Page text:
Originally Posted by Lazy Gardens
Yes, for three reasons. One is "rescuer safety", to protect staff from getting the disease from patients with vaccine-preventable diseases. If someone comes in with measles, the hospital doesn't have to locate immune individuals to care for that person, and they don't risk having their staff all get sick during an outbreak.
Second, this prevents you from becoming a vector that spreads vaccine-preventable disease from hospitalized patients to vulnerable members of the community (those too young to be vaccinated, the immunocompromised, etc.)
This "reason" isn't even valid. If one is not sick with a VPD, there would be no difference between a vax'd or unvaxed person spreading the illness. Vaccinations do not prevent transmission in otherwise healthy individuals.
Third is to minimize the chances you can inadvertently spread those diseases to your patients if you are in the early stages and don't know you are sick. Most airborne diseases are most infectious just before the symptoms start.
No. Your immune status does not affect their resistance or lack of it at all.
I assume she's asking about getting live vaxes. If your children are not immune to measles, mumps, chickenpox, or flu, and you get the live virus vax, there is something called shedding that means that the illness will be in your house, and it is possible for your children to get sick from it. (other live vaxes include polio and rotavirus, but the former is not usually given in the US, and the later is not given to adults)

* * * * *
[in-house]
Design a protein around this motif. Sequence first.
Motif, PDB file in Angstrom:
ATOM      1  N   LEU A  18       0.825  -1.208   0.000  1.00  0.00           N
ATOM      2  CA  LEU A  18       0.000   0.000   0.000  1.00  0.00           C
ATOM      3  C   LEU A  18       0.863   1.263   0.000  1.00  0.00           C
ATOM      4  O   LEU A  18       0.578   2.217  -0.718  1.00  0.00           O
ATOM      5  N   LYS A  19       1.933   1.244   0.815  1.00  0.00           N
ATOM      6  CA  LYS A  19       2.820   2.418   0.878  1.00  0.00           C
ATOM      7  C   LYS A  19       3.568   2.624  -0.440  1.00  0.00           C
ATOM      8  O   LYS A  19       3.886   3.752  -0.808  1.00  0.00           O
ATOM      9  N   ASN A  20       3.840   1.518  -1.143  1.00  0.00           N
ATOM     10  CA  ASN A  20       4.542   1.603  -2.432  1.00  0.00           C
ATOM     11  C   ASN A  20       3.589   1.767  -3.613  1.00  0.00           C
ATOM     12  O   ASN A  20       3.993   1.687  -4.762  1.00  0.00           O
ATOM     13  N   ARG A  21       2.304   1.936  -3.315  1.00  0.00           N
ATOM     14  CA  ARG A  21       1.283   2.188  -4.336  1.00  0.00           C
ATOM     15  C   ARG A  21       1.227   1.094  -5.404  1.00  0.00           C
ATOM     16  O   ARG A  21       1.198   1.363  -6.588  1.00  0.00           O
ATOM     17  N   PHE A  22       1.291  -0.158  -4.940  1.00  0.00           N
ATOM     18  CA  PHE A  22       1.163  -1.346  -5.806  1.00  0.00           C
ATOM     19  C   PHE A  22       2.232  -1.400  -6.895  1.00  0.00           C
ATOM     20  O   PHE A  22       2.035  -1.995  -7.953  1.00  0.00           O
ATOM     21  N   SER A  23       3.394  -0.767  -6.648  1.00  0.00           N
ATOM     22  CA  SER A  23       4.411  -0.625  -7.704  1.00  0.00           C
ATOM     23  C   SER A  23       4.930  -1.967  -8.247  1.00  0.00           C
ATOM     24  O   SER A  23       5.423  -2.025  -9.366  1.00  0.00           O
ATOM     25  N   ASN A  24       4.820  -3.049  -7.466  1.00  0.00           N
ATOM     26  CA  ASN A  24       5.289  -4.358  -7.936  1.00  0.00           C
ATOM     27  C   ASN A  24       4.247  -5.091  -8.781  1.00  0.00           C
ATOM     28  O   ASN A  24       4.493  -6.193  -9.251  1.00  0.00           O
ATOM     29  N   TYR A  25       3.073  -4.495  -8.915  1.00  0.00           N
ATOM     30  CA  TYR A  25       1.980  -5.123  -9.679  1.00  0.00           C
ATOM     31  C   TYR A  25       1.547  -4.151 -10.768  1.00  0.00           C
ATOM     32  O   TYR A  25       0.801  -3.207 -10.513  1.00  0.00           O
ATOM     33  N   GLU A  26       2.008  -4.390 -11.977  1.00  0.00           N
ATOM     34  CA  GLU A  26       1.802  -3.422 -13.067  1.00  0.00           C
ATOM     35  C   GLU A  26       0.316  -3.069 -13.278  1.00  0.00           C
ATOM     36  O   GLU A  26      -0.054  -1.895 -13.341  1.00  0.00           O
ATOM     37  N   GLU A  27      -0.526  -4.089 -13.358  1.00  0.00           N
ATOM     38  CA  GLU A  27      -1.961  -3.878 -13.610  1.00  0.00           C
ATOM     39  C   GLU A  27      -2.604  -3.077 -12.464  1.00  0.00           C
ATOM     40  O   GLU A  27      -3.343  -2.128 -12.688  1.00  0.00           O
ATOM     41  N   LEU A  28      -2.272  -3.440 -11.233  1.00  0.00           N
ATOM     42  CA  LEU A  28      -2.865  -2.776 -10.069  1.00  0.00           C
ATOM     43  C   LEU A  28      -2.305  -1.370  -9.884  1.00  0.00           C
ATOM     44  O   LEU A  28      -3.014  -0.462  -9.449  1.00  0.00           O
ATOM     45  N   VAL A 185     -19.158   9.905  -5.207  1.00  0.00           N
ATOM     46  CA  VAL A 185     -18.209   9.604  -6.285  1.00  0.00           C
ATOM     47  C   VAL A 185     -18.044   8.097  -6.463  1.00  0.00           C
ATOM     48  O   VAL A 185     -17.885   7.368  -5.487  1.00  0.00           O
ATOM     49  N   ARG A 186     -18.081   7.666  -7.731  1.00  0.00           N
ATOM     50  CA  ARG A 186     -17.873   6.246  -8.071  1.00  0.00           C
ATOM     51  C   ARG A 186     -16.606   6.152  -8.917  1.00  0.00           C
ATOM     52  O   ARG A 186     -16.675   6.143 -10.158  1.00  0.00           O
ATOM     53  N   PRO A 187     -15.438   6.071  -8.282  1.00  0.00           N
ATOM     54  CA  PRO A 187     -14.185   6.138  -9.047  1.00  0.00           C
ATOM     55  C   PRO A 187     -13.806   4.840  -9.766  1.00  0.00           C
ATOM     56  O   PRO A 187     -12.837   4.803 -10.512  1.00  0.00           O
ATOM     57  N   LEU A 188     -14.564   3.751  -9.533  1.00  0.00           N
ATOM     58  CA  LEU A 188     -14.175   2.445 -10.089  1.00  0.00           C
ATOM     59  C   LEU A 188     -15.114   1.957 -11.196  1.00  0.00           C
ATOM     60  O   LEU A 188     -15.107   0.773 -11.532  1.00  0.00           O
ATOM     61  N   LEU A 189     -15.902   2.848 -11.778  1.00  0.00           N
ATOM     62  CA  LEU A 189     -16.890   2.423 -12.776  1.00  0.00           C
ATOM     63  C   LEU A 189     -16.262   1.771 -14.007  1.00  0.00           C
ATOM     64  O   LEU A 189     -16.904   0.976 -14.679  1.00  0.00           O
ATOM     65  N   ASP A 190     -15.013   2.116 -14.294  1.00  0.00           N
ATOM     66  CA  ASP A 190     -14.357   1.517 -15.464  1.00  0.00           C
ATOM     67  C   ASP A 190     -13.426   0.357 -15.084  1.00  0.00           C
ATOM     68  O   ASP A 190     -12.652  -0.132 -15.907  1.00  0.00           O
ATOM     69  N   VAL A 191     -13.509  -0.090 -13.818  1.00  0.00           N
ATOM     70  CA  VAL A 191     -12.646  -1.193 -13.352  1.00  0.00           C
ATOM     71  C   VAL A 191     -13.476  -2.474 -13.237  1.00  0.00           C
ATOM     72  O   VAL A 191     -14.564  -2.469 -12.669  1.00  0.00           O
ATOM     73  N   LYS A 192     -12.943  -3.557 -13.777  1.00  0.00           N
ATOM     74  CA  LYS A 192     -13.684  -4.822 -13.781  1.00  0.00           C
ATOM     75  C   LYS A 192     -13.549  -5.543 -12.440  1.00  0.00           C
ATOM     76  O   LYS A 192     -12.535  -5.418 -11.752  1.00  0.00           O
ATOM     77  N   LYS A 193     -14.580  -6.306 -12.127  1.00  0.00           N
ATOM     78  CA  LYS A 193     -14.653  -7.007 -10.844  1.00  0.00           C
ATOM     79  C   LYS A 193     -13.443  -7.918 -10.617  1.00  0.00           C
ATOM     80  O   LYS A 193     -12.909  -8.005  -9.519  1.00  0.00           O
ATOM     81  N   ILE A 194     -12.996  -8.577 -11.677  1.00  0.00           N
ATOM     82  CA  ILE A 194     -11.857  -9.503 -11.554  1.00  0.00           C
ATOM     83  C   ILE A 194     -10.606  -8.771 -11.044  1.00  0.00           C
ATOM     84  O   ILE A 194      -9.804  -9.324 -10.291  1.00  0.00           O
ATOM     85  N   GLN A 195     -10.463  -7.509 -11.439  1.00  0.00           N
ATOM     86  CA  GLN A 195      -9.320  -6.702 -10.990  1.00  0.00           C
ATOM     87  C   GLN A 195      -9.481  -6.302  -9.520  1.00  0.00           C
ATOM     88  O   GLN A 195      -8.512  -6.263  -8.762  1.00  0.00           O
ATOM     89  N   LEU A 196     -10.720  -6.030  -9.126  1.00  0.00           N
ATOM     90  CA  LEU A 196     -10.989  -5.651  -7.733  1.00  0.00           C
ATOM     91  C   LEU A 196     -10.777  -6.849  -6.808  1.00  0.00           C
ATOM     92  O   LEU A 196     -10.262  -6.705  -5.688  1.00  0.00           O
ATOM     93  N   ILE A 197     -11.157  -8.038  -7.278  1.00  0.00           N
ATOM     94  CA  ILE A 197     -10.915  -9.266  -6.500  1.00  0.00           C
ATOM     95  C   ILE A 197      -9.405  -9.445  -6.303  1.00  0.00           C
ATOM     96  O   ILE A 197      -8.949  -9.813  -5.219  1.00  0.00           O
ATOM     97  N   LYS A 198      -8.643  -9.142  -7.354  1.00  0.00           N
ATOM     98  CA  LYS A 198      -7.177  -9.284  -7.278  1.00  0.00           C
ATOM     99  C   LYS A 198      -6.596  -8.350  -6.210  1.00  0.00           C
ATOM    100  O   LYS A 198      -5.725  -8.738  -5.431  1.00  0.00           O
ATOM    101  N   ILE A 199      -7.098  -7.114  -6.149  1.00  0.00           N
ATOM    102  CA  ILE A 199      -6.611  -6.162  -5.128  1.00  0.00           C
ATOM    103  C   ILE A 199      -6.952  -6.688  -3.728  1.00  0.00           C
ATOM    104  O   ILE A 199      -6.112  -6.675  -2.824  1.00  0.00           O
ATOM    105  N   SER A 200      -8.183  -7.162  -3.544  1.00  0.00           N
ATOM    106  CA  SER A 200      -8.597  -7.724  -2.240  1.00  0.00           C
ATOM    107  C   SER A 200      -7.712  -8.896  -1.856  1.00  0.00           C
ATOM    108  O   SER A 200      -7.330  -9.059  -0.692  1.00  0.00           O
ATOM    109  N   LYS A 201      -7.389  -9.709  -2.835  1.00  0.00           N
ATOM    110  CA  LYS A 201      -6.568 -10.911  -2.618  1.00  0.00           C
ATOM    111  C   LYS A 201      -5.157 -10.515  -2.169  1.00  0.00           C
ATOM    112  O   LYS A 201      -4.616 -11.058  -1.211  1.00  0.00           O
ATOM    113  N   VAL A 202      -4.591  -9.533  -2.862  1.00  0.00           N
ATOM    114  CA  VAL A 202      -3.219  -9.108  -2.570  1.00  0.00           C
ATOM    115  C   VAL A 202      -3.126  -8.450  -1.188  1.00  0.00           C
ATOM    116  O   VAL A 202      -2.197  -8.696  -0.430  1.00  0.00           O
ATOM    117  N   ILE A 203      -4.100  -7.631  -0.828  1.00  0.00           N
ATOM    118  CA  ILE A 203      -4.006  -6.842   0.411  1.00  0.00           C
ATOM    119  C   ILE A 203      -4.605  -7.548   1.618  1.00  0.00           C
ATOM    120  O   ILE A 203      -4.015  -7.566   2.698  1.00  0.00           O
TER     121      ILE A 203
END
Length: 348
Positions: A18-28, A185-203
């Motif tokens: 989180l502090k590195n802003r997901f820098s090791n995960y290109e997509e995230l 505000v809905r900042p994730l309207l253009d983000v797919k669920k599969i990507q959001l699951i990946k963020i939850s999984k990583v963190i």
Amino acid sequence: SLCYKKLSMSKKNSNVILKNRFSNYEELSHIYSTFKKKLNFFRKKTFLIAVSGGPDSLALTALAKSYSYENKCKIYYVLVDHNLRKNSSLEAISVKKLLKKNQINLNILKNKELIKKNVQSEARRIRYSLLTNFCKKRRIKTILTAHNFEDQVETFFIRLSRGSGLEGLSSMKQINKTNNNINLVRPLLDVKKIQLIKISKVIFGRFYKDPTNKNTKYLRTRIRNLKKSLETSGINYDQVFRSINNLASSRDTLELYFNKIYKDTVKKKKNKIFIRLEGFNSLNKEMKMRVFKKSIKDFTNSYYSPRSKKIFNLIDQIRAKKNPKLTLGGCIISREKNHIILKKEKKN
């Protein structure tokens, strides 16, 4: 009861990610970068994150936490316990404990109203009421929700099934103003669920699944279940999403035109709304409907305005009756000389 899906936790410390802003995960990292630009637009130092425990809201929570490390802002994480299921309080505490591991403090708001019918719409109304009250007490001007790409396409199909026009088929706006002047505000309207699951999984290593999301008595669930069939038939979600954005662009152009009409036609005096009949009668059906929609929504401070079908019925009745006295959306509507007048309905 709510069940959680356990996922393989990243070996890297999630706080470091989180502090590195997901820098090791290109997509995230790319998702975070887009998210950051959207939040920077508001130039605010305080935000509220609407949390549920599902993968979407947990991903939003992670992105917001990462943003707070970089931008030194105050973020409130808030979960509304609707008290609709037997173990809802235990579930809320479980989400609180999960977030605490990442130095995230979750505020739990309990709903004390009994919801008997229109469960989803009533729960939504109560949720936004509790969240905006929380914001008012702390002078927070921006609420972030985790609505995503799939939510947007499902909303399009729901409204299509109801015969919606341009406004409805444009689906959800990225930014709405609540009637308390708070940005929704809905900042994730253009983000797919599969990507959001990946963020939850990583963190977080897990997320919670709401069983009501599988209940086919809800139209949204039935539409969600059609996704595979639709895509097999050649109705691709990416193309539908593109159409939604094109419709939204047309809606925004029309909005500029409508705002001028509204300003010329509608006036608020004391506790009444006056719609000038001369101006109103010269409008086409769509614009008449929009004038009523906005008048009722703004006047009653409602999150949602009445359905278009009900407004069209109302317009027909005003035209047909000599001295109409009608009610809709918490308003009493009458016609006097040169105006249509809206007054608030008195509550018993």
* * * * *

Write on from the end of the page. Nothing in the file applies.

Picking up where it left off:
They will be LESS likely to contract whatever because they will not risk having a parent bringing a vaccine-preventable disease home like a bad office party prize.
Not 100% true, re: vaxes and transmission, but true if you do pick up the virus somewhere and get ill with it(which can happen before you show symptoms)
The only exemptions allowed in most institutions now are medical, and those staffers are usually told they may be sent home during an outbreak to shut down possible routes of transmission and to protect them from infection. A few hospitals have a strict policy of banning unvaccinated individuals from patient care and public contact areas.
If you are philosophically unwilling or religiously forbidden to take advantage of the second most basic measure* to prevent the spread of disease between your home and the hospital, between you and your patients, and between the hospital and the community ... you are probably not going to be able to work in a medical field, or you will find your opportunities shrinking as hospitals tighten up infection control measures.
*handwashing is #1
And of course, there are jobs in the medical field that do not necessitate working in a hospital.